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Publications issued at regular intervals, such as magazines and journals

Periodical literature (also called a periodical publication or simply a periodical) is a category of serial publications that appear in a new edition on a regular schedule. The most familiar example is the magazine, typically published weekly, monthly or quarterly. Newspapers, often published daily or weekly, are, strictly speaking, a separate category of serial. Other examples of periodicals are newsletters, literary magazines (literary journals), academic journals (including scientific journals), science magazines and yearbooks.

Featured Works

  • Freeman, The - Flagship publication of the Foundation for Economic Education, published between 2 Oct 1950 and autumn of 2016
  • Liberty - Periodical published from 1881 to 1908 by Benjamin Tucker where he and mutliple contributors developed the individualist anarchist philosophy
  • Reason - Monthly libertarian magazine published by the Reason Foundation, launched in May 1968

Notable Works

  • American Mercury, The - American literary magazine founded in 1924 by H. L. Mencken. which he edited during its first ten years, last published in 1981
  • analysis - Monthly broadsheet published by Frank Chodorov between 1944 and 1951
  • Freeman, The - Weekly magazine originated by Albert Jay Nock, published between 1920 and 1924
  • Libertarian Forum, The - Newsletter edited by Murray Rothbard, published between 1 Mar 1969 and Dec 1984
  • New Individualist Review - Quarterly journal founded and edited (for its first six years) by Ralph Raico, published between 1961 and 1968
  • Objectivist, The - Newsletter created by Ayn Rand (as The Objectivist Newsletter) in 1962 and edited by herself and Nathaniel Branden (until 1968)


The Libertarian Press, by Ronald Lora (editor), William Henry Longton (editor), The Conservative Press in Twentieth-Century America, 1999
Introduction to historical reviews of Freeman (1920-24), Freeman (1950-), analysis, New Individualist Review, Objectivist, Fragments and Libertarian Forum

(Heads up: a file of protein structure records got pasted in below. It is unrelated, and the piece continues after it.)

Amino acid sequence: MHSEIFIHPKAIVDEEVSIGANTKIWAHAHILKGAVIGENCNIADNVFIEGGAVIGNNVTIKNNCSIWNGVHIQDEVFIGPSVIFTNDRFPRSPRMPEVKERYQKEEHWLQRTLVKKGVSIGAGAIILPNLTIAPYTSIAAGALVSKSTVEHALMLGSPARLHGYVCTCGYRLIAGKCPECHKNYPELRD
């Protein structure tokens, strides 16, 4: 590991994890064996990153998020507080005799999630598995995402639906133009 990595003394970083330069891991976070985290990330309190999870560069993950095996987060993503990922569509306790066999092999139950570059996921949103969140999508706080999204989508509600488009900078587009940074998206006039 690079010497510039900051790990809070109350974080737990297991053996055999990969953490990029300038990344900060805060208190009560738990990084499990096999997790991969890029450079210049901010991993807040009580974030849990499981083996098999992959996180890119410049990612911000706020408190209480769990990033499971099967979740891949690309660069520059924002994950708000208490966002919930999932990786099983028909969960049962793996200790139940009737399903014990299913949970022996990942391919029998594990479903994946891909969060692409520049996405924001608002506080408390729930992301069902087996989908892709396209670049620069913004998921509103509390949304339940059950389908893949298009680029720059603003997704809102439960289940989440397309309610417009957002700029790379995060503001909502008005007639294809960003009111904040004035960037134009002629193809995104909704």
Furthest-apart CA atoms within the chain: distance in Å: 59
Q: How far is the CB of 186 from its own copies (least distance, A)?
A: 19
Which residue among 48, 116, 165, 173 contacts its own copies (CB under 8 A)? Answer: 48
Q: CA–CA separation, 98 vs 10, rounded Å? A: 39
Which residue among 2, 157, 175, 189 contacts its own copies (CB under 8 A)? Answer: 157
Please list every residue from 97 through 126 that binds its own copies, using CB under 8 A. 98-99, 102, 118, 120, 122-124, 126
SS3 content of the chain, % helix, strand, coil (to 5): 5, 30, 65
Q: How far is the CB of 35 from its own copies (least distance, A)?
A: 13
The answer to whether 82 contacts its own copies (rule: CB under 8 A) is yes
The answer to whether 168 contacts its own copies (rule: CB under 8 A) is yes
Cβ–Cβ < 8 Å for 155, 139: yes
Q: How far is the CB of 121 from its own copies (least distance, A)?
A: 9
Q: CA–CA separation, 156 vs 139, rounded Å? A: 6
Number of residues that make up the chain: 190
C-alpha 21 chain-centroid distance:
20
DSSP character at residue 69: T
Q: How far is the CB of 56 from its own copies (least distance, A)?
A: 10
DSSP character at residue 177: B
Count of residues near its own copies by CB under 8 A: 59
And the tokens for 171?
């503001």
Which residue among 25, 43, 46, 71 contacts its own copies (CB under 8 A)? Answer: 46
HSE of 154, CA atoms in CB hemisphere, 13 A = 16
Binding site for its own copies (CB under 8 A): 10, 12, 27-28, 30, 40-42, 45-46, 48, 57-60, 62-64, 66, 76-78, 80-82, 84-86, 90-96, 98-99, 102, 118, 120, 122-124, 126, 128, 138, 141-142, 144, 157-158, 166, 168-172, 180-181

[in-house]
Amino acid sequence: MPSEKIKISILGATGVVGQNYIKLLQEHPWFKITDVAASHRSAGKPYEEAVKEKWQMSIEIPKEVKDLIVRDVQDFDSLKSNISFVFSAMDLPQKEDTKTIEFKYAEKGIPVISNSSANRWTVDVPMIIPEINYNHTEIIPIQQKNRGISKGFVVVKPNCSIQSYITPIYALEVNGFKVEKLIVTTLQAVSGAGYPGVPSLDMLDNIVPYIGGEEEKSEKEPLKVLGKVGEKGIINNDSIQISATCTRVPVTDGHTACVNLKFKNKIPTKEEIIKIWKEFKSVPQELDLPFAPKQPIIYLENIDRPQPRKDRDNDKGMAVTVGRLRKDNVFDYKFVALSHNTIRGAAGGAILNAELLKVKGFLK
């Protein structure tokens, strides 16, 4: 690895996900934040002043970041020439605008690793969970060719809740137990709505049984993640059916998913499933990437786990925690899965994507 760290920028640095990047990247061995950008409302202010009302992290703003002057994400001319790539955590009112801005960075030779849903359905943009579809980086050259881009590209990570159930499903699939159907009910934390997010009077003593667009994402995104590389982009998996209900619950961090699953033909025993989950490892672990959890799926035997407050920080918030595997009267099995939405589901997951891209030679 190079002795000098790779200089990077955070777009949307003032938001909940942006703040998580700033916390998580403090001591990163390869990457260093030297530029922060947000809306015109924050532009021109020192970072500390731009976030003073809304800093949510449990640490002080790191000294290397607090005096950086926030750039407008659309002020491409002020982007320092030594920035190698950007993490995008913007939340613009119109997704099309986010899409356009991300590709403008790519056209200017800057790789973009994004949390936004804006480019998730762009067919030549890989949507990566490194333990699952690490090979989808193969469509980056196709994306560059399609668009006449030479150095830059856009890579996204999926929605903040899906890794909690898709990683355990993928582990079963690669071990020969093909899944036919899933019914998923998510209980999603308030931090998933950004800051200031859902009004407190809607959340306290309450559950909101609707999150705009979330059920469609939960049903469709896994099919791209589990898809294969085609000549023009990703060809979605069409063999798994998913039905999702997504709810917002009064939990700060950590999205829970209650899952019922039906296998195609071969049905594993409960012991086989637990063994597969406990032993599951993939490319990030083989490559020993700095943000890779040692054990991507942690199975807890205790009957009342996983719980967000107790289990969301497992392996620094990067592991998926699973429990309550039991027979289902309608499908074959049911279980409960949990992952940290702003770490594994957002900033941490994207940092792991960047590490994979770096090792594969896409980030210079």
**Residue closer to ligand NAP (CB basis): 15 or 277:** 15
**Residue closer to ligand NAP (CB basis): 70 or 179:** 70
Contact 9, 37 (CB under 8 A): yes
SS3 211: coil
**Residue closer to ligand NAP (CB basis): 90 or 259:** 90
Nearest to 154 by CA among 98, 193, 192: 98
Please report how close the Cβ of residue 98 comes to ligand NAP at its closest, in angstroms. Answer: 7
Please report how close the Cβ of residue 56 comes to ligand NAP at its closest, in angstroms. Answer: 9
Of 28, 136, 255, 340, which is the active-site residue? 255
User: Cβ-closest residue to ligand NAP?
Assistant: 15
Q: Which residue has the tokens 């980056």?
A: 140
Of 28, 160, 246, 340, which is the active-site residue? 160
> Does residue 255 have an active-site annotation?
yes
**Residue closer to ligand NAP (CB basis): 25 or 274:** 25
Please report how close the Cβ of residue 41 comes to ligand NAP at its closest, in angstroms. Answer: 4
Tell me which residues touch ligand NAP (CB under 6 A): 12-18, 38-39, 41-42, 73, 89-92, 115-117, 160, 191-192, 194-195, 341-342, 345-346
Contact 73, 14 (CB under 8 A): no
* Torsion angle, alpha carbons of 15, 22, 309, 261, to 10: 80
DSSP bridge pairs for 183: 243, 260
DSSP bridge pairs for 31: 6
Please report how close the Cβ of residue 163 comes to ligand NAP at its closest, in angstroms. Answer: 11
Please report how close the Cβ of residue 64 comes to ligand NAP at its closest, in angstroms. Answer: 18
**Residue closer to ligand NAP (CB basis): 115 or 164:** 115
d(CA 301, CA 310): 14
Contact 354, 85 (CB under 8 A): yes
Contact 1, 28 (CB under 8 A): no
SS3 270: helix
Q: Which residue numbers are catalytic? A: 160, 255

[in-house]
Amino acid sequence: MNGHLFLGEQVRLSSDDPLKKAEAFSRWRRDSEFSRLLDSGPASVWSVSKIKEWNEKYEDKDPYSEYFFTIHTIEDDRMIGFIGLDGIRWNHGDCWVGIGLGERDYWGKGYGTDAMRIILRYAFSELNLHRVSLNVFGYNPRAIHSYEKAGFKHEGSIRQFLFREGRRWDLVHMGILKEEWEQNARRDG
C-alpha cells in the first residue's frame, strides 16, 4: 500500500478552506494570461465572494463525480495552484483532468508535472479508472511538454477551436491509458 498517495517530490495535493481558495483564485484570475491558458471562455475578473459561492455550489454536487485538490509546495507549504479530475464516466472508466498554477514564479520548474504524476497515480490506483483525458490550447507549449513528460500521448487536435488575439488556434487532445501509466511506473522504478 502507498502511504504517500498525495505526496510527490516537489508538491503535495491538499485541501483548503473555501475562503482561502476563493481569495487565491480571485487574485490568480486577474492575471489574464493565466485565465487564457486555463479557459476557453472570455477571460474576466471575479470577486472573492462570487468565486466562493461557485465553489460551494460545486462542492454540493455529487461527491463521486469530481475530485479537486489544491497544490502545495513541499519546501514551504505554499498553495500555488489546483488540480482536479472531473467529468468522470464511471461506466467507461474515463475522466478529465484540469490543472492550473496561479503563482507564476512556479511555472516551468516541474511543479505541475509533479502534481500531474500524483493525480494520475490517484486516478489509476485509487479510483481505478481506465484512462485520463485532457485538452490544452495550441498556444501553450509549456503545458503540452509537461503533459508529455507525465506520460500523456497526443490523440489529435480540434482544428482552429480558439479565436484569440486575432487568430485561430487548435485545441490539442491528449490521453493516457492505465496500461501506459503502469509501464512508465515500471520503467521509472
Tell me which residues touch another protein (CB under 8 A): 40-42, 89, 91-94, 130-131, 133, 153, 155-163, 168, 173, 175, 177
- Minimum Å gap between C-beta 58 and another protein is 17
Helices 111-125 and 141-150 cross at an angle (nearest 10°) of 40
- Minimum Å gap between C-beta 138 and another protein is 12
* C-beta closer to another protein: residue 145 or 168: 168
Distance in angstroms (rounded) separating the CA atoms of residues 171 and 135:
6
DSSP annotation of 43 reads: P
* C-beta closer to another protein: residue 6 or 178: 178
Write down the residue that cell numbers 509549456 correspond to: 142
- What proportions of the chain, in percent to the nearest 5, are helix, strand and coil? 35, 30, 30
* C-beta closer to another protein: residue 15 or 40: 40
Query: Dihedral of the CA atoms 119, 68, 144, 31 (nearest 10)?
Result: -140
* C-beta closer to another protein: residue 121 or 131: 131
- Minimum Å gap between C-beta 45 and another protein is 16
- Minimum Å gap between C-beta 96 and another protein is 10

Frank Chodorov, whose rock-ribbed libertarian convictions led him to found the Intercollegiate Society of Individualists (1953) and author a book revealingly titled One Is a Crowd (1952), once told a friend that "anyone who calls me a conservative deserves a punch in the nose." In the pages that follow, Robert Hessen wonders whether Ayn Rand's publications (and by implication those of other libertarians) should appear in a study of the American conservative press.
Related Topic: Libertarianism
Meeting Murray Rothbard On the Road to Libertarianism, by Jeff Riggenbach, 4 Jan 2003
Riggenbach recounts his path from advocate of Ayn Rand, to reading Robert LeFevre to reading and eventually meeting Murray Rothbard; revised version printed in Walter Block's I Chose Liberty (2010), chapter 61
Since 1972, ... I had been writing for Objectivist and libertarian publications ... My byline was appearing in ... Book News (an Objectivist monthly ...), Roy Childs's Books for Libertarians (soon to evolve into The Libertarian Review), and Reason ... [F]rom 1978 to 1982, I had been Roy Childs's editorial second-in-command at The Libertarian Review (LR). Then, from 1982, when LR merged with Inquiry, to 1985, when Inquiry ceased publication, I was a contributing editor of Inquiry. From 1977 to around 1990, ... I was a contributing editor of Samuel Edward Konkin III's New Libertarian.
Why Liberty?, by R. W. Bradford, Doug Casey, Stephen Cox, Ross Overbeek, Murray N. Rothbard, Liberty, 5 Jul 1987
First (and only) editorial, discusses the three different kinds of existing libertarian periodicals, what areas and issues Liberty was going to address and who the founders were
[I]t seems to us that nearly all libertarian periodicals fit into one of three categories: outreach periodicals, house organs, or scholarly journals ... While converting others may be an important and worthwhile activity, outreach periodicals are sometimes rather boring to the intelligent libertarian ... Other libertarian periodicals attempt to expound a certain vision of liberty ... These house organs ... often suffer from their narrow scope and perspective ... Libertarian scholarly journals offer a wider scope and broader perspectives; they often explore the frontiers of libertarian thinking.

The introductory paragraph uses material from the Wikipedia article "Periodical literature" as of 7 Aug 2018, which is released under the Creative Commons Attribution-Share-Alike License 3.0.